oDesk’s weekly column brings you the latest news on hiring and managing teams, freelancing and the future of work.
Week of 8/11/2014:
Unless you work for a company that explicitly offers a flexible work program, figuring out whether it’s possible for you to have a flexible schedule — and how to negotiate for it — can be intimidating.
Melissa Fairman, a human resources manager and the blogger behind HR reMix, outlines what to ask for and how to ask for it. Here’s a summary of her recommendations:
- “Lead with the company, not your personal life.” Start the conversation with your manager by looking at it from the company’s perspective; explain the benefits a flexible schedule can have on your work, like improved productivity and less stress.
- “Be ready with specifics.” Before you make the request, map out what your schedule will look like, how you will communicate with your team, and why this change makes sense for you (and the company).
- “Ask early.” If you have a particular timeline in mind, give your manager as much lead time as possible to adjust to and prepare for your new schedule.
- “Don’t shy away from talking money or advancement.” Have an open discussion about how a flexible work arrangement might impact your future with the organization, so you’ll be aware of any potential issues.
- “Consider the counter.” Be prepared in case your manager says no — or agrees with contingencies. Have a backup plan, and be familiar with your organization’s relevant HR policies.
- “Follow-up — in person.” Once your manager agrees to a flexible schedule, check in with them regularly; this will help make sure make sure all issues are identified and resolved early on.
Taking online breaks during work hours may have a stronger purpose than checking the latest on Facebook. Sung Doo Kim, a doctoral candidate in the Carl H. Lindner College of Business, and colleagues at the University of Cincinnati examined the impact of online breaks on productivity.
Conducting extensive one-on-one interviews with 33 professionals (62 percent female and 38 percent male, with an average 8.6 years of working experience in a variety of industries and occupations), Kim concluded that ubiquitous technology may promote, rather than hinder, employee efficiency.
However, the findings don’t necessarily apply to everyone: the study concluded that online breaks were most rejuvenating for people who generally work away from a computer. They were less effective for those who work in front of a computer for most of their day.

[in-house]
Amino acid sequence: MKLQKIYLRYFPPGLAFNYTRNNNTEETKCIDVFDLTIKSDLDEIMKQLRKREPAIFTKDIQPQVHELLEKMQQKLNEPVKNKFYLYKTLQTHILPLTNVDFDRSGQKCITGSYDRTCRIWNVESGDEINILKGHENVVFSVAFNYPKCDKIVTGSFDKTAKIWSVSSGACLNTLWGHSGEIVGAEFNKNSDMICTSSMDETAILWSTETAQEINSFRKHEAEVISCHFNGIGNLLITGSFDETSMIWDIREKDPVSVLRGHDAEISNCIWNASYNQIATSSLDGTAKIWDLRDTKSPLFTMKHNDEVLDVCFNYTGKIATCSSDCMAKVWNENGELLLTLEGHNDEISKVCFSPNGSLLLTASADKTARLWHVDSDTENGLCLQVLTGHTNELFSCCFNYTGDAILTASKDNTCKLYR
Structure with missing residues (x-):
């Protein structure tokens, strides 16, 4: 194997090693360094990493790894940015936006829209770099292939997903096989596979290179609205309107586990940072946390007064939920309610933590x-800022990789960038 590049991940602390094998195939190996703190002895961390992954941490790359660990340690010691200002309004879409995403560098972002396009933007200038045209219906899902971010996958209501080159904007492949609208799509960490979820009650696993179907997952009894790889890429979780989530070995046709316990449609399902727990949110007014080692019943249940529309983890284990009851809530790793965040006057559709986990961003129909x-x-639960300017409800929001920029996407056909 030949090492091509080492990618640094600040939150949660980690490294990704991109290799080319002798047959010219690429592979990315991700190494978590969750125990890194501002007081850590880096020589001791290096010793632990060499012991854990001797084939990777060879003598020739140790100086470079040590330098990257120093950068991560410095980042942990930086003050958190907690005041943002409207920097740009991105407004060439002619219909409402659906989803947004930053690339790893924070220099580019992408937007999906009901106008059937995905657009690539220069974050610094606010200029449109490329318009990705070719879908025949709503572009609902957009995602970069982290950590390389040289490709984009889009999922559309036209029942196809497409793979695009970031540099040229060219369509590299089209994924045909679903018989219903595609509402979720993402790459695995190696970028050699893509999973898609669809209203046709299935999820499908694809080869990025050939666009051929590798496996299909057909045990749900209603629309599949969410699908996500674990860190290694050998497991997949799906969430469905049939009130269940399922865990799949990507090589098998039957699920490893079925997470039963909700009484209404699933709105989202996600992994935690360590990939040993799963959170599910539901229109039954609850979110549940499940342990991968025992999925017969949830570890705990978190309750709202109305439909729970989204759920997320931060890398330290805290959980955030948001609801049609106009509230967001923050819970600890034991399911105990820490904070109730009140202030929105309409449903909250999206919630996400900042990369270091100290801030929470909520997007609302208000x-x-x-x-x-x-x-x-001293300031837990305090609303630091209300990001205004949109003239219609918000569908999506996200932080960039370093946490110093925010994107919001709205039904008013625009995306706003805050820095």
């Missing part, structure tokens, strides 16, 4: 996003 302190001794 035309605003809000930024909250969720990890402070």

Highlighting the launch of “Make Life Work,” a campaign focused on work-life balance, freelance journalist Elaine Pofeldt wonders whether encouraging business ownership could counter the rigorous demands on employees’ time and energy that corporations often make without offering adequate compensation.
An entrepreneur can design his or her own lifestyle and schedule to suit their own needs — or the needs of their family. Pofeldt acknowledges that owning a business doesn’t necessarily curb workload, but she says it’s the only way to own your own time.
At face value, the idea of working remotely — be it from home, a coworking space or a coffee shop — is appealing to some and appalling to others. As flexible work policies at large companies become commonplace, and with entrepreneurs starting businesses every day, working remotely is increasingly becoming the new normal.
Maren Kate Donovan, an experienced remote worker and CEO of Zirtual, shares her seven tips for being successful and enjoying your time working away from an office.
The first and arguably most important step is choosing the right job. According to Donovan, the right job is typically one where you’re doing what you like to do, what you do best, and something that meaningfully contributes value to an organization.
The right job matched with the proper technology, a positive attitude, and appropriate expectations will help make working remotely your new normal.
What news item caught your attention this past week? Tell us about it in the comments section below!